With Christmas just days away, I’m offering some holiday shopping advice. Thinking of gifts can be pretty stressful, so my list is a slightly humorous take on the tradition. Here’s a sample:

Christmas
shopping tip #001–while there is _huge_ difference between “The
Clapper” and the clap, neither is a welcome holiday gift.

It started with that one and I was inspired to keep going. I’m dishing these tips every day on my Twitter account, but you can also view all of them on this page.

I hope to have a tip every day up until Christmas, but coming up with them can be tough (especially if I was trying to be funny). If you have any ideas, please share them in the comments.


Google’s holiday WiFi gift – 15 of 47 airports already had free Internet

I love free stuff — lots of people do. That’s probably one big reason why Google’s offer of free WiFi at 47 participating airports during the holidays (through Jan. 15) sounds so nice. But looks can be deceiving.
I didn’t want to look a gift horse in the mouth, but I peeked at the list of airports and was intrigued at what I saw — several airports where I knew they already offered free Internet (including Las Vegas, Sacramento and San Diego).
A couple dozen Google searches revealed that nearly a third of the 47 airports participating in Google’s program had pre-existing free WiFi in place (view the list). Two more airports (Seattle-Tacoma and Burbank) stated they would participate in Google’s program and then continue offering free service after Jan. 15.
Part of this rubbed me the wrong way — could Google claim credit for offering free WiFi at airports where it already existed? Could it also claim that it was offering free WiFi at other airports with free Internet (like at Chico, Calif. and Hancock, Mich.)?
According to AirportWiFiGuide.com, many airports not on Google’s list offer free Internet. Even that list is incomplete (I noticed that Chico and Hancock aren’t listed).
To be fair, someone has to pay for Internet access that is offered for “free” to the end user. According to Silicon Valley/San Jose Business Journal, the San Jose airport has had free Internet since May 2008. Officials said Google was offsetting the cost of offering the free service during the holidays.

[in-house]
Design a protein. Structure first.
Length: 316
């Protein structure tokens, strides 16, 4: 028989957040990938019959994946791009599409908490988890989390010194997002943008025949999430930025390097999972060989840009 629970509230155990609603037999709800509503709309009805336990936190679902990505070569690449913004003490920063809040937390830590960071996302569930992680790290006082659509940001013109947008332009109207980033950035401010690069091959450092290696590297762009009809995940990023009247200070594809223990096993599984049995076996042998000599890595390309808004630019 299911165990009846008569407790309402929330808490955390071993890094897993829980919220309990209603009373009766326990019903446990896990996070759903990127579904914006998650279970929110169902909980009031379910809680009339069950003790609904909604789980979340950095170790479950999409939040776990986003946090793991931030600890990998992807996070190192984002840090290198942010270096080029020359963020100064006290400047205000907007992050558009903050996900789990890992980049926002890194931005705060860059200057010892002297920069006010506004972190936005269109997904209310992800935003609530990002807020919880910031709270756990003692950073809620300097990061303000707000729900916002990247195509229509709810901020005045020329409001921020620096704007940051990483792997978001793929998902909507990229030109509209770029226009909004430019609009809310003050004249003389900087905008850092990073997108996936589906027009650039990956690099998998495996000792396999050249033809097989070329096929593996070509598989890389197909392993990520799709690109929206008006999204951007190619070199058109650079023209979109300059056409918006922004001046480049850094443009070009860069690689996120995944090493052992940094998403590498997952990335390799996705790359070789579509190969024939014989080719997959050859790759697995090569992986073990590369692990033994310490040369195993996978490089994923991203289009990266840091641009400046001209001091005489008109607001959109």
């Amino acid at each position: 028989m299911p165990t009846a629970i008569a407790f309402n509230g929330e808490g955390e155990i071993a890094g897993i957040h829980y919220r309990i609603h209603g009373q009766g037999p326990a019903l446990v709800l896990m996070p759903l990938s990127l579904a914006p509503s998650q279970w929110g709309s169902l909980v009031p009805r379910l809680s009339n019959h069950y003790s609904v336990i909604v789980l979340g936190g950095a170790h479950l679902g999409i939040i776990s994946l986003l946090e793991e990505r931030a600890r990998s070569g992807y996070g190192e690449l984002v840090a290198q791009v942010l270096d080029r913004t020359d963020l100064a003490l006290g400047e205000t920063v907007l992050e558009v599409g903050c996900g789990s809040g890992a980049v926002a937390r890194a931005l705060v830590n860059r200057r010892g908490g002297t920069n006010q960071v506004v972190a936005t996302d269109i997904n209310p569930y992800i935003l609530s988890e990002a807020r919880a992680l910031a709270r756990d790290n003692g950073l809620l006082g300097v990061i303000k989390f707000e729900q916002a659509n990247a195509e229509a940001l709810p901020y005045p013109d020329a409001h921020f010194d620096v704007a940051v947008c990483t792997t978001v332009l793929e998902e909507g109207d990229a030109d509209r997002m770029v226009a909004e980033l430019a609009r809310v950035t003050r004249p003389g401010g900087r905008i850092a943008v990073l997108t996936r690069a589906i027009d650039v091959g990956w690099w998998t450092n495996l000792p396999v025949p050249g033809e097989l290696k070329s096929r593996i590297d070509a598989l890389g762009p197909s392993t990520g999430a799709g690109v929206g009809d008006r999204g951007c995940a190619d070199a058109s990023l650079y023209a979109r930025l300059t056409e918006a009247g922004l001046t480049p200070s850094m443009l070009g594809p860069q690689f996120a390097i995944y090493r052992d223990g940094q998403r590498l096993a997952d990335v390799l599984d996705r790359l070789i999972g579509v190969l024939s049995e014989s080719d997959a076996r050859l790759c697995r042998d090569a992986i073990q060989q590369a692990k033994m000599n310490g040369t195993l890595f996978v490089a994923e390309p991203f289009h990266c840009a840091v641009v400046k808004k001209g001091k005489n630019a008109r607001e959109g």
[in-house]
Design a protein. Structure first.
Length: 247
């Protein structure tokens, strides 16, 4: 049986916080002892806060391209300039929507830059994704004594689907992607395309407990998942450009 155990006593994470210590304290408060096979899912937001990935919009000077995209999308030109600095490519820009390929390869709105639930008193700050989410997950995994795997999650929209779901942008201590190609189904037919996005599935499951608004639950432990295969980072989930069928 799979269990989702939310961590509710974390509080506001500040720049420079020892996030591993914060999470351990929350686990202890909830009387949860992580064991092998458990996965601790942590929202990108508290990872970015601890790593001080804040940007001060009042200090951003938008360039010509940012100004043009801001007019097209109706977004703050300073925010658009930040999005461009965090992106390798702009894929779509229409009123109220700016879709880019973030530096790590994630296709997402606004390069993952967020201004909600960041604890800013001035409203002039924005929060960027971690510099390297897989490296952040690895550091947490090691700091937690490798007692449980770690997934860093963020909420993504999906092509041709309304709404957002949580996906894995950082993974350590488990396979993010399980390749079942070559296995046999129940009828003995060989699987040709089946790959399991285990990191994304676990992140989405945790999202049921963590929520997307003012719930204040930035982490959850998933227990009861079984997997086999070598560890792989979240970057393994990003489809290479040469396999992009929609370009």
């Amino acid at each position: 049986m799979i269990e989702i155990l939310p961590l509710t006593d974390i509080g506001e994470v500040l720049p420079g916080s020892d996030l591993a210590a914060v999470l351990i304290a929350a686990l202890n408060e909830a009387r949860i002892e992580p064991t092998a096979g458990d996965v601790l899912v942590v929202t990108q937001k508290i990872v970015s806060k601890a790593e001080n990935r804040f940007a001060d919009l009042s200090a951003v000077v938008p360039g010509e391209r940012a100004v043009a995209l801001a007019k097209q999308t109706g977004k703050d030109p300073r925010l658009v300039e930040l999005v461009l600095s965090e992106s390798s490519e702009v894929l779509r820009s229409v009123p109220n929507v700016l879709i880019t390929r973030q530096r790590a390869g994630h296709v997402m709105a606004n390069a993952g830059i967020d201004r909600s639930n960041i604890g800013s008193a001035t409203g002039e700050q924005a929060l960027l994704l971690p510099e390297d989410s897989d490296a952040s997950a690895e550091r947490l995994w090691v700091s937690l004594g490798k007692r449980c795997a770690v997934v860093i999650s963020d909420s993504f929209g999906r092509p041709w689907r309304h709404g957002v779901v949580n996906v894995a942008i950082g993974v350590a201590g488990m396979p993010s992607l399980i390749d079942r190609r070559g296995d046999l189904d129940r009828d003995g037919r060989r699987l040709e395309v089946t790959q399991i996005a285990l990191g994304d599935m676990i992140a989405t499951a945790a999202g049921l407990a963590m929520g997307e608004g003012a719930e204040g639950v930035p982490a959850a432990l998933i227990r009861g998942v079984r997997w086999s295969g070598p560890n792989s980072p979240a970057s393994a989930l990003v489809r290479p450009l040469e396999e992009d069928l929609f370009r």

Ultimately, I can be more jolly than Grinch-y about Google’s gift. For a limited time, Google is offering free Internet at more than 30 airports where there currently is a fee (typically about $8/day). Hopefully, more airports will pursue free Internet solutions in the future.
Also, Google will match up to $250,000 worth of donations made over the WiFi networks to three charities.
A list of the airports participating in the Google Free Holiday WiFi is available after the jump.

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Rupert Murdoch takes on Google, fair-use guidelines

Every time I see an article about copyright laws, I usually gripe about how the discussion excludes fair-use guidelines — those loose rules that outline how people can legally use selections of copyrighted works in their own productions.
Well, my wish was granted, but in a fairly horrible way — News Corp. honcho Rupert Murdoch said he believes his company can challenge fair use and have the courts strike it down.
Murdoch was speaking with Sky News Australia, a segment of which is reposted in this Boing Boing article. The Boing Boing article is a pretty strident commentary.
BBC News also had a summary of Murdoch’s comments to Sky News. Apparently, he’s willing to pursue the matter slowly.

“There’s a doctrine called ‘fair use’, which we believe to be challenged in the courts and would bar it altogether,” Mr Murdoch told the TV channel. “But we’ll take that slowly.”

Murdoch also tilted toward the search engine windmill. He is still on a course to seek payments for News Corp. Web sites and may seek to have the sites’ information removed from Google and other search sites.
Many on the Internet (like Boing Boing) think that Murdoch’s moves may be folly. Although he thinks it unlikely to succeed, longtime tech writer Harry McCracken urges Murdoch to block Google.
Some of the criticism is wrapped up in a dislike of the political leanings of Murdoch’s holdings (the News Corp. umbrella includes the Wall Street Journal, Fox News, UK and U.S. tabloids, etc.).